• Due diligence
    Gender due diligence is the process of gathering gender-related data and information from the potential investee company for analysis to determine whether gender gaps present opportunities that may impact performance and affect an investee company’s operations and financials. Deal teams can integrate these questions into existing due diligence workstreams (e.g. E&S, impact, commercial). The investor will collect the due diligence information and proceed to confirm 2X qualification; (2) confirm gender-based opportunities to determine whether to take forward compared to other impact investing themes. Selected sector-specific documents can also be requested to guide due diligence further.

    See the Gender Due Diligence Questionnaire for this sector.

    For gender-smart investors, due diligence on gender-based risks and negative impacts is an important aspect of ESG due diligence. Improper screening and poor management of gender-based risks can prevent effective gender-smart investing and have a detrimental impact on a company’s performance in terms of operational costs, reputational damage, stakeholder engagement, employee productivity and loss of confidence.

Emerging trends

  • Climate change and natural disasters
    Low income households are often forced to sell their productive assets, reduce their meals or leave their livelihoods in search of work. This disproportionately impacts women as the primary caregivers of their families and who make up 45-80 percent of the food-producing workforce in developing countries. Investors can support their investees to develop an integrated approach to build greater resilience, among at-risk communities, particularly women.
  • Low-carbon economy transition
    Feeding nine billion people by 2030 – while protecting the vital natural systems which sustain our planet – will be one of the core challenges of a just rural transition towards a low-carbon economy. As part of a just rural transition, agriculture will need to move away from carbon-intensive approaches towards more sustainable food systems. Other F&A sectors, such as sustainable forestry, will also become more important. However, efforts to reduce greenhouse gases (GHGs) in the F&A sector can also bring disruptions to livelihoods and women’s agricultural activity. The International Labour Organization (ILO) estimates that over 60 percent of all working women in Southern Asia and sub-Saharan Africa remain in agriculture, often unpaid or poorly paid, while being concentrated in time- and labour-intensive activities. Women already face a range of barriers due to unpaid care work, social norms, educational barriers, and legal barriers to entry in a range of industries. In addition, women’s jobs and livelihoods in agriculture are vulnerable to the effects of climate change through heat stress, flooding, and other impacts. Rural women’s employment and entrepreneurship in the F&A sector should therefore be protected and promoted by investors, through investing in low-carbon businesses and supporting the low-carbon transition.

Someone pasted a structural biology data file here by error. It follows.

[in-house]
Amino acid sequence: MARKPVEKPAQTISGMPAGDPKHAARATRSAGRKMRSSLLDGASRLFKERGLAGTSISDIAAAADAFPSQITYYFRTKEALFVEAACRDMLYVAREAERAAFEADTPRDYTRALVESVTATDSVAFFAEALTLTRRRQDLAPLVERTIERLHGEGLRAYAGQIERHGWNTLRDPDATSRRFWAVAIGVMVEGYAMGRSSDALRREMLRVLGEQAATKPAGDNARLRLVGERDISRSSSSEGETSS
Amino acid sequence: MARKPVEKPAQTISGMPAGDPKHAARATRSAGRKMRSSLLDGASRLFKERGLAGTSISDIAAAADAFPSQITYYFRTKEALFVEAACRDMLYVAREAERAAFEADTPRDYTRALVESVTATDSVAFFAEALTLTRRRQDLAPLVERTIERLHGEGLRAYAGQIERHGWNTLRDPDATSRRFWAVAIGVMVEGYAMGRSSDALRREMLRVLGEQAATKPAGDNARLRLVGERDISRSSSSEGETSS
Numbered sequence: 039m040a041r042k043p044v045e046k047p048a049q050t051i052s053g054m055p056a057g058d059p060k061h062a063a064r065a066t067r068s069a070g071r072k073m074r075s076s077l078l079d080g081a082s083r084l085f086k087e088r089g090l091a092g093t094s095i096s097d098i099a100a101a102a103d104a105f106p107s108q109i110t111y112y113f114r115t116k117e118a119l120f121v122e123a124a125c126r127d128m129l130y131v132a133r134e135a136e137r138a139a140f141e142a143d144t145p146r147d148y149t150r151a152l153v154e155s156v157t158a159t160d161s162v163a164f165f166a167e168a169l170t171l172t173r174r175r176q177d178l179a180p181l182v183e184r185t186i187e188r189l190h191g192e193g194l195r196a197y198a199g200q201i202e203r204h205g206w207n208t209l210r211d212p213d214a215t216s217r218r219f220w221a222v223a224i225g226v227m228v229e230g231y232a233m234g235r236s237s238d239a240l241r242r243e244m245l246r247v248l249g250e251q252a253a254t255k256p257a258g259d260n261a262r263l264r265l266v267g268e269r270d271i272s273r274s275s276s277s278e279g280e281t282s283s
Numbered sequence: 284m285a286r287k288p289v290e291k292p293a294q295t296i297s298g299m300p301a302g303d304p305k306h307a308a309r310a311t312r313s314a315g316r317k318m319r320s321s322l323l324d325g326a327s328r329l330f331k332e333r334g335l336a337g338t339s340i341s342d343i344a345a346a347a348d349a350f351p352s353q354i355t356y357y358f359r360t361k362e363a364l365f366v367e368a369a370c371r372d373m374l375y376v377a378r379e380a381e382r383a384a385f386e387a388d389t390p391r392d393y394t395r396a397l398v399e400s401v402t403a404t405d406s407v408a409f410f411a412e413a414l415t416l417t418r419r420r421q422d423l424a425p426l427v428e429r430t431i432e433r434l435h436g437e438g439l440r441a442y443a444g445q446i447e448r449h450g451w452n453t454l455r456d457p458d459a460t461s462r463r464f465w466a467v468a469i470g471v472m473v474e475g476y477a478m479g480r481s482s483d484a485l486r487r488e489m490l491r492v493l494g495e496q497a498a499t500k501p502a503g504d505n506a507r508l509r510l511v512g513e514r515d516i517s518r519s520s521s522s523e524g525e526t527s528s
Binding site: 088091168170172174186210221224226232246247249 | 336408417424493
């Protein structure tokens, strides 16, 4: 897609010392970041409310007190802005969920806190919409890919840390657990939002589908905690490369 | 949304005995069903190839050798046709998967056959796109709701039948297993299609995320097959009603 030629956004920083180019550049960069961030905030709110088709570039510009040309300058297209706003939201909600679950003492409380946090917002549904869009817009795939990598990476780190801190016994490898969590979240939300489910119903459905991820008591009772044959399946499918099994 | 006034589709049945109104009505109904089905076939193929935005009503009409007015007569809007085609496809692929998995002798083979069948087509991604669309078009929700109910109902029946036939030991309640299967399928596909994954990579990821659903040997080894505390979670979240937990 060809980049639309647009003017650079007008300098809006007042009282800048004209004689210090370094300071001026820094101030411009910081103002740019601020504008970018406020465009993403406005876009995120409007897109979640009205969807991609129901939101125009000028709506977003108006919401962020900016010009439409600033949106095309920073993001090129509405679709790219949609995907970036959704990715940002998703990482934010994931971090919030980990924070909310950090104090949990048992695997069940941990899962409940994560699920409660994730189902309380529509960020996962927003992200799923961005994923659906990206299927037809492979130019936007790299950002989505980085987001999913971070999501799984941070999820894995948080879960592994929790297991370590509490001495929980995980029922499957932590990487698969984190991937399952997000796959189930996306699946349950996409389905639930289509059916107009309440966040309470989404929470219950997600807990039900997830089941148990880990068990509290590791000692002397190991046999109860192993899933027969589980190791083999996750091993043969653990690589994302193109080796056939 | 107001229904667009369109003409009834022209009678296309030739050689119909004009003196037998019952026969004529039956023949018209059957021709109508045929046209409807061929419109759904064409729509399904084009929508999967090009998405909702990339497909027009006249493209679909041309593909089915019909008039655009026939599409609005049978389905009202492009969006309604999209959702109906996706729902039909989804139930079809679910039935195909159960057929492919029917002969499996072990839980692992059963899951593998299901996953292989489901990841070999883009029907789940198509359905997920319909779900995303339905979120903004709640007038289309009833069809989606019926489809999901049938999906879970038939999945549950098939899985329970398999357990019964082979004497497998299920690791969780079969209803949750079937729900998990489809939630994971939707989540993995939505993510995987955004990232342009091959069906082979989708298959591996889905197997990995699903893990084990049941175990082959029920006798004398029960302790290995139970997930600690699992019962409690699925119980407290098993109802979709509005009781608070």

• Migration
    Male movement to other sectors, or migration to urban centres, has led to an increasing share of female participation in agriculture over the past 40 years, both in smallholder farming and agricultural wage labour. Given that women farmers in many regions 1) have comparatively less access than men to improved inputs, land and other assets, and agricultural finance; and 2) face significant additional time burdens for caregiving and household chores, the feminisation of agriculture could, if not managed carefully, result in declining household-level income and food production, with negative effects on the wellbeing of women and their households.
  • Intelligence of everything
    Women make up 45-80 percent of the food-producing workforce in developing countries. Artificial Intelligence (AI) and big data could help to improve productivity (e.g. automated drip irrigation systems) and risk mitigation (e.g. weather index-based insurance).

Additional resources

The following resources can further guide investors and fund managers on their gender-smart investing approach in the sector.